When I saw the title, Ten Thousand Birds, on the Princeton University Press message, I got excited. Linda and I got hooked on birding ten years ago, and birding opportunities are involved in most of our travel trips these days. And we hardly ever step out of the house without our binoculars. In fact, I just had to interrupt writing this column because I heard my first-of-the-spring Phoebe singing in a tree in the front yard and had to go out and take a look. While I was out there, two Bald eagles soared right over my head!
Since I started writing full time four years ago, including book reviews, I have been very impressed with the birding and wild animal books published by Princeton University Press. But I have to confess that when Ten Thousand Birds arrived, I was disappointed. It turns out that it doesn’t include photos of 18,000 birds! And it weighs four pounds!
So I set the book aside for a while, worked out to build up my strength, and then finally picked it up and started reading. It must have been the same feeling a brook trout gets when he finds he’s attached to my fly and can’t get off. Yup, I was hooked.
Ornithology Since Darwin
That’s the subtitle of the book, and yes, it presents the history of ornithology starting with Darwin. Just in case that might sound a bit boring to you, let me tell you that the stories of the sometimes visionary and oftentimes controversial personalities that drove birding forward are fascinating. Punches are not pulled here, as we learn about huge mistakes as well as major breakthroughs. And the authors also tell us what we still don’t know about birds.
As I turned to the first page, I thought to myself that this must have been written for folks like my friend Bob Duchesne, Maine’s top birding guide and author. But I quickly figured out that even the less-than-serious only-out-there-for-fun birders will be both entertained and educated by Ten Thousand Birds.
The three authors of this book are impressive people. Tim Birkhead is a professor of zoology at the University of Sheffield, where he teaches and conducts research on the behavioral ecology of birds with a particular focus on reproduction. He’s a Fellow of the Royal Society of London and has written several books.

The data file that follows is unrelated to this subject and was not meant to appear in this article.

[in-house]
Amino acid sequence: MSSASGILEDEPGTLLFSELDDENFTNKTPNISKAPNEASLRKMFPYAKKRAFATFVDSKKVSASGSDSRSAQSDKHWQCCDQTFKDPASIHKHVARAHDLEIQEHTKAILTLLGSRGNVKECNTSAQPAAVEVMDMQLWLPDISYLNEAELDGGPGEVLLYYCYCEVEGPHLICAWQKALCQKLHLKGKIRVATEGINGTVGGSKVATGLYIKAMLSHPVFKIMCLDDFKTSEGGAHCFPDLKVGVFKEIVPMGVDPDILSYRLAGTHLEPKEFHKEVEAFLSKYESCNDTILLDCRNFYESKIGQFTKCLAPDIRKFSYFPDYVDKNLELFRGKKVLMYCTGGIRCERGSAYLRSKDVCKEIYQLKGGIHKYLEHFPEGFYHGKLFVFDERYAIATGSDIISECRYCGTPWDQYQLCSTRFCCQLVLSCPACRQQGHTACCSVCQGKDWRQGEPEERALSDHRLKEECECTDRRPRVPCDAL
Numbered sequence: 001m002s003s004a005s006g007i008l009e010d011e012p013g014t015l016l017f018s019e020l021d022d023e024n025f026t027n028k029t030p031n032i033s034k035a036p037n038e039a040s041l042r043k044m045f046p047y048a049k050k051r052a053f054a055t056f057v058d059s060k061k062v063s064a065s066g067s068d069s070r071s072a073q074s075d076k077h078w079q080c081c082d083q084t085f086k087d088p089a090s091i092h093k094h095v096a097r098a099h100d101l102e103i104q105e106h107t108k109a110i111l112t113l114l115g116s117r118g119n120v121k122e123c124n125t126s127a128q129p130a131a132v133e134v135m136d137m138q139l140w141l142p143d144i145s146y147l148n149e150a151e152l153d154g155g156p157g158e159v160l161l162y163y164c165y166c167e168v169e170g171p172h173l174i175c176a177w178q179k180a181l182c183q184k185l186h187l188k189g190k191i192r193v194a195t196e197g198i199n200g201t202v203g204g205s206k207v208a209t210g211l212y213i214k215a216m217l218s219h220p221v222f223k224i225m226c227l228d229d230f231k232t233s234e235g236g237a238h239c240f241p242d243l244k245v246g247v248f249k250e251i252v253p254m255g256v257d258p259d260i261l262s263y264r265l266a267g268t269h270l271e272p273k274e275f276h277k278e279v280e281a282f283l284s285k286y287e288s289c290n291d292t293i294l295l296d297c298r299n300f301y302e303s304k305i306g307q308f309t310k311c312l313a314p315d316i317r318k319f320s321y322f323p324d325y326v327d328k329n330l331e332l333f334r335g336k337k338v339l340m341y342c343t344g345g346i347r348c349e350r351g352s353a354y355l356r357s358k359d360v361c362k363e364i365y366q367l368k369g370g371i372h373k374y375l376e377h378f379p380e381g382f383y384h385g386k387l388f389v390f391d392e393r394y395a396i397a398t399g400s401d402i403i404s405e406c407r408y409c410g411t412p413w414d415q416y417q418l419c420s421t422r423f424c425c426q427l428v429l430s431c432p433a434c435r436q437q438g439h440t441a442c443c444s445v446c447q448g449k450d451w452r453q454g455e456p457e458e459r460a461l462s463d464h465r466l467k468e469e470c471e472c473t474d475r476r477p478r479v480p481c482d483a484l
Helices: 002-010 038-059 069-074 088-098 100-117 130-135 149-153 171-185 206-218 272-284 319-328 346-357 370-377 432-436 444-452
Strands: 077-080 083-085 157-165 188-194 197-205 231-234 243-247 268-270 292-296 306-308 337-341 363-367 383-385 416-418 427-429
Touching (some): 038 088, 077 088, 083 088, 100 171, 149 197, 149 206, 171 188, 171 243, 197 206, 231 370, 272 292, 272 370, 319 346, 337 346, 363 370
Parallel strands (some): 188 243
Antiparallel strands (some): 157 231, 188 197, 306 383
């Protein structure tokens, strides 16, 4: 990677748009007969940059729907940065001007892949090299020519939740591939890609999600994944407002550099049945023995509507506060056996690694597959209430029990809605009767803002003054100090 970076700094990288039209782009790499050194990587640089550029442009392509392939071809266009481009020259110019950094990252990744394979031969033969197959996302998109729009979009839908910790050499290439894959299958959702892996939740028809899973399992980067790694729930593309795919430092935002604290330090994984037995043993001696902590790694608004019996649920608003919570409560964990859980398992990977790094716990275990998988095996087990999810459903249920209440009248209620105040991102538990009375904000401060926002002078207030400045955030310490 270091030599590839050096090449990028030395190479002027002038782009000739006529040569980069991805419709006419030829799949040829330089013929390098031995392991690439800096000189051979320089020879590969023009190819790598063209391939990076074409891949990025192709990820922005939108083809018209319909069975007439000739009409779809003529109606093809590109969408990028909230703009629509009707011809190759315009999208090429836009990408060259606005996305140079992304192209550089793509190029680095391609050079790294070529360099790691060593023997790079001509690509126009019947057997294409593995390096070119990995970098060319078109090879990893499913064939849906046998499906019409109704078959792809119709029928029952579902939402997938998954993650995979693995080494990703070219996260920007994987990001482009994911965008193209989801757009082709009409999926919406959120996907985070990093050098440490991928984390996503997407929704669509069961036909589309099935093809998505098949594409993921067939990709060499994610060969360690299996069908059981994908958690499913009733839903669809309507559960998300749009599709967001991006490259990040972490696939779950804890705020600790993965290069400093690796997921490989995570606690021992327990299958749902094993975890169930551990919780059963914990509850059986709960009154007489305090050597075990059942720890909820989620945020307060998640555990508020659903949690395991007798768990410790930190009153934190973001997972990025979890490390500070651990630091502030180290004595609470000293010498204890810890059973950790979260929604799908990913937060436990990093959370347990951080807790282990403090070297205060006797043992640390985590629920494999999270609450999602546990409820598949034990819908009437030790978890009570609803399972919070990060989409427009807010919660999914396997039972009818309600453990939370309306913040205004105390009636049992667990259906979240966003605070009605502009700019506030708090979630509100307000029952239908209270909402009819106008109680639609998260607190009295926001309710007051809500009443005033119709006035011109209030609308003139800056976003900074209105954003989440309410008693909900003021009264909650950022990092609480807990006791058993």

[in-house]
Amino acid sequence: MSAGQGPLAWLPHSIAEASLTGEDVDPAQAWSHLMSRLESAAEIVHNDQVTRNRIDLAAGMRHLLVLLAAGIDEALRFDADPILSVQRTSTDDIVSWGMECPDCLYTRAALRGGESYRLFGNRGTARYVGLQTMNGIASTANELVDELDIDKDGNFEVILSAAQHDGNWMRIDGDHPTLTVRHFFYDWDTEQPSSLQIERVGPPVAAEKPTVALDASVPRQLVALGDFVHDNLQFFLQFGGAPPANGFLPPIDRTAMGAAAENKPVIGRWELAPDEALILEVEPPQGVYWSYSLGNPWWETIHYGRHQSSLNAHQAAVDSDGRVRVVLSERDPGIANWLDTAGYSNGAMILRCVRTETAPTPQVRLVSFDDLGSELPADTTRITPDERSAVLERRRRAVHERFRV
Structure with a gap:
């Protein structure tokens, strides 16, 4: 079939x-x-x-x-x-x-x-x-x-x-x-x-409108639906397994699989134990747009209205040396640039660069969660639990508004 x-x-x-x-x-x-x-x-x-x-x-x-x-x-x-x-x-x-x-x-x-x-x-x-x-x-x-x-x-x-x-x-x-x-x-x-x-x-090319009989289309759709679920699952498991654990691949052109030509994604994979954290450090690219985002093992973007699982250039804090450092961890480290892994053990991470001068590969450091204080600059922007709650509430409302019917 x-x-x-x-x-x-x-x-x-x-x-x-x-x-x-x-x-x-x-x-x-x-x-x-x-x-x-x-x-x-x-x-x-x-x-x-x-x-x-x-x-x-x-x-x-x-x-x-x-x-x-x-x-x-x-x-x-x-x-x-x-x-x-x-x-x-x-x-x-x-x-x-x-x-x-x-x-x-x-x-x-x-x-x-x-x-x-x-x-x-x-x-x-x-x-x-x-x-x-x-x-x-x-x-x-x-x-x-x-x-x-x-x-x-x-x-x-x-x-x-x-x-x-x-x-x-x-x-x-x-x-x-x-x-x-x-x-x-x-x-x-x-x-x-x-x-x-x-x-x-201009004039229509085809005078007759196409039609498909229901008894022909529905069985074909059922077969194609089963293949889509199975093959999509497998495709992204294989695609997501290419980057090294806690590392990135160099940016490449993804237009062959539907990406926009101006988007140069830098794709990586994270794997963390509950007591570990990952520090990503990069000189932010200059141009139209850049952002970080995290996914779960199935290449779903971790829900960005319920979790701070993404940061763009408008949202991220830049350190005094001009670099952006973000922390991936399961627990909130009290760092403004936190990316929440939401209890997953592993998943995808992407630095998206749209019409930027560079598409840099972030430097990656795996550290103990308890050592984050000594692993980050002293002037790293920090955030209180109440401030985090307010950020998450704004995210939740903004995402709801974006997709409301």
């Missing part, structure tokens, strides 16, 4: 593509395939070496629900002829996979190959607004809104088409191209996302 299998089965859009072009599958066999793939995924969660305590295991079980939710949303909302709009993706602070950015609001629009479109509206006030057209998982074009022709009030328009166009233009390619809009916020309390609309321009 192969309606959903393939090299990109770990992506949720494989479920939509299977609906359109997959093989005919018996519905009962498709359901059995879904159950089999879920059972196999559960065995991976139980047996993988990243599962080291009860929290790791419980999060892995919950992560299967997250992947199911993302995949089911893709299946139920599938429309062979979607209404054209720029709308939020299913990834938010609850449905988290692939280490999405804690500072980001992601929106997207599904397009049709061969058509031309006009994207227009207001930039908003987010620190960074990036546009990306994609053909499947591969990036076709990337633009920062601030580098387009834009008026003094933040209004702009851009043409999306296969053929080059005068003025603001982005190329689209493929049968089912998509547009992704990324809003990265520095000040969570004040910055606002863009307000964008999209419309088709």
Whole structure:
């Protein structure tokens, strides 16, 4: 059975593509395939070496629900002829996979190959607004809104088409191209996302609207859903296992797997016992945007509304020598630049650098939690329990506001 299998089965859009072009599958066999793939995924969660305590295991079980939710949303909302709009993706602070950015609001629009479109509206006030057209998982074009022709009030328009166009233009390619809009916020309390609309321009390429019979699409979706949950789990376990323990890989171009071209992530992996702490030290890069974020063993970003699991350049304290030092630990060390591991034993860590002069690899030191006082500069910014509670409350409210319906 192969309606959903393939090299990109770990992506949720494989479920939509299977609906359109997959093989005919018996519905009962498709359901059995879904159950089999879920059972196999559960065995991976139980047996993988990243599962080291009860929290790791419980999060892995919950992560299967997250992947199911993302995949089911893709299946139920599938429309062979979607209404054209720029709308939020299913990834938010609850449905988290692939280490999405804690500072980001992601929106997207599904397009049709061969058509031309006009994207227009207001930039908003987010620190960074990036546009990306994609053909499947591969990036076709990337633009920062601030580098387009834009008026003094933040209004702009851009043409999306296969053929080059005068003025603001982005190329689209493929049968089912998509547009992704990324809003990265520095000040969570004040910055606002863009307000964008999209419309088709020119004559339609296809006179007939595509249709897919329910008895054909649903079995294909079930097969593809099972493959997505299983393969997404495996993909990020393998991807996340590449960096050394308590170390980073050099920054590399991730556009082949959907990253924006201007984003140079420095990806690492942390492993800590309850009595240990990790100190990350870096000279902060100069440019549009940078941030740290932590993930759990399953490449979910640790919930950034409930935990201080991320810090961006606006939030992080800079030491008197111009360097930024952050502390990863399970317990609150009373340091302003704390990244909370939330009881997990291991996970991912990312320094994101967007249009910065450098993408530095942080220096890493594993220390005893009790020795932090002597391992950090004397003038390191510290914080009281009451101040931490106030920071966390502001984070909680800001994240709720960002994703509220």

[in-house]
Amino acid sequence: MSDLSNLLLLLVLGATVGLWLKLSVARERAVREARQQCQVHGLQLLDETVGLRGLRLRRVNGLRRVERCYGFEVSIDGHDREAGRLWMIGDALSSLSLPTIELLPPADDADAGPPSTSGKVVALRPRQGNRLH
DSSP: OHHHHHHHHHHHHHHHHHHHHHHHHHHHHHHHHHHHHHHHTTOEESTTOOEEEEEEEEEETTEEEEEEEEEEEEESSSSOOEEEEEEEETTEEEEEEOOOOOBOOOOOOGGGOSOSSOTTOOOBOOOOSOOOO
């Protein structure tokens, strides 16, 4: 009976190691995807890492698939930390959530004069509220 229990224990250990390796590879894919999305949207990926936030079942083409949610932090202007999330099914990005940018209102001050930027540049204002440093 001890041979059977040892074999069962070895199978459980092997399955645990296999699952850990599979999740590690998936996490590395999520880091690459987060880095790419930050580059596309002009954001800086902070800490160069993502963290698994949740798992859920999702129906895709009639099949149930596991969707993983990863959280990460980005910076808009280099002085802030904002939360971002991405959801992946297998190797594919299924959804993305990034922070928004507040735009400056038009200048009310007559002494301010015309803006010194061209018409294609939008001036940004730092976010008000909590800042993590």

Jo Wimpenny was a postdoctoral research associate at the University of Sheffield during the writing of the book. Bob Montgomerie is a professor of biology at Queen’s University of Ontario, where he studied the evolution of plumage colors and sexual behavior of birds.
The amount of work that went into this book is amazing. Hundreds of ornithologists were enlisted in the task.
“Histories can be dull,” write the authors. “But our experience reaching undergraduates show us that histories are brought to life by stories about the people that populate them. The history of ornithology is overflowing with extraordinary individuals and intriguing stories. Science – ornithological or otherwise – is conducted by real people with real human attributes, including ambition, integrity, jealousy, obsession, and deception. In telling their stories we encounter the full gamut of human frailties from fraud to murder.”
I really enjoyed the sidebar stories of these real people. The stories about the most influential ornithologists were particularly interesting. The audio recordings of the interviews with those ornithologists are available at myriadbirds.com.
Here’s the opening of Chapter 1, titled Yesterday’s Birds.
Late one hot August evening in 1964, near Bridger, Montana, the paleontologist John Ostrom and his assistant, Greg Meyer, made a discovery that revolutionized the study of ancient birds. Toward the end of a hard day in the field, they spotted, in the slanted light, some claws and bones protruding from the reddish-brown soil. Scrambling to the spot, they began digging with the only tools they had at hand – a jackknife, a small paintbrush, and a whisk broom.
Rapidly running out of natural light, they marked the location so they could resume work the next morning. Given the fossil’s sickle-like claws, Ostrom was convinced this was a carnivorous dinosaur. “I was almost certain, although still wary, that we had discovered something totally new.” And they had, as the subsequent week of excavation revealed – a specimen considered by some to be the most important dinosaur discovery of the mid-twentieth century, an animal Ostrom called Deinonychus, “The terrible claw.”
Turns out that Deinonychus was a “killing machine.” Wait until you see the full page drawing of that killing machine!
Probably the most important chapter is Tomorrow’s Birds. The beginning paragraph, “The Tragedy of Shifting Baselines,” begins with this story.
Spix’s Macaw is one of the largest and most spectacular parrots in the world. It is also balancing on the brink of extinction, and in the wild it is almost certainly extinct. A victim of habitat loss in its native Brazil and a corrupt global cage-bird trade, Spix’s Macaw currently (2013) consists of around just eighty-five captive individuals held at five locations around the world.
In this chapter, I learned a lot, including that, “The state of the world’s birds is not good, with many species in decline and 12 percent of all species at risk of imminent extinction.” I also learned about all the conservationists and organizations who are working to sustain our birding populations. You will learn about some outstanding success stories that give us hope.
If you read only one chapter in this book, make it this one. And don’t worry. There are some awesome bird photos and drawings in the book!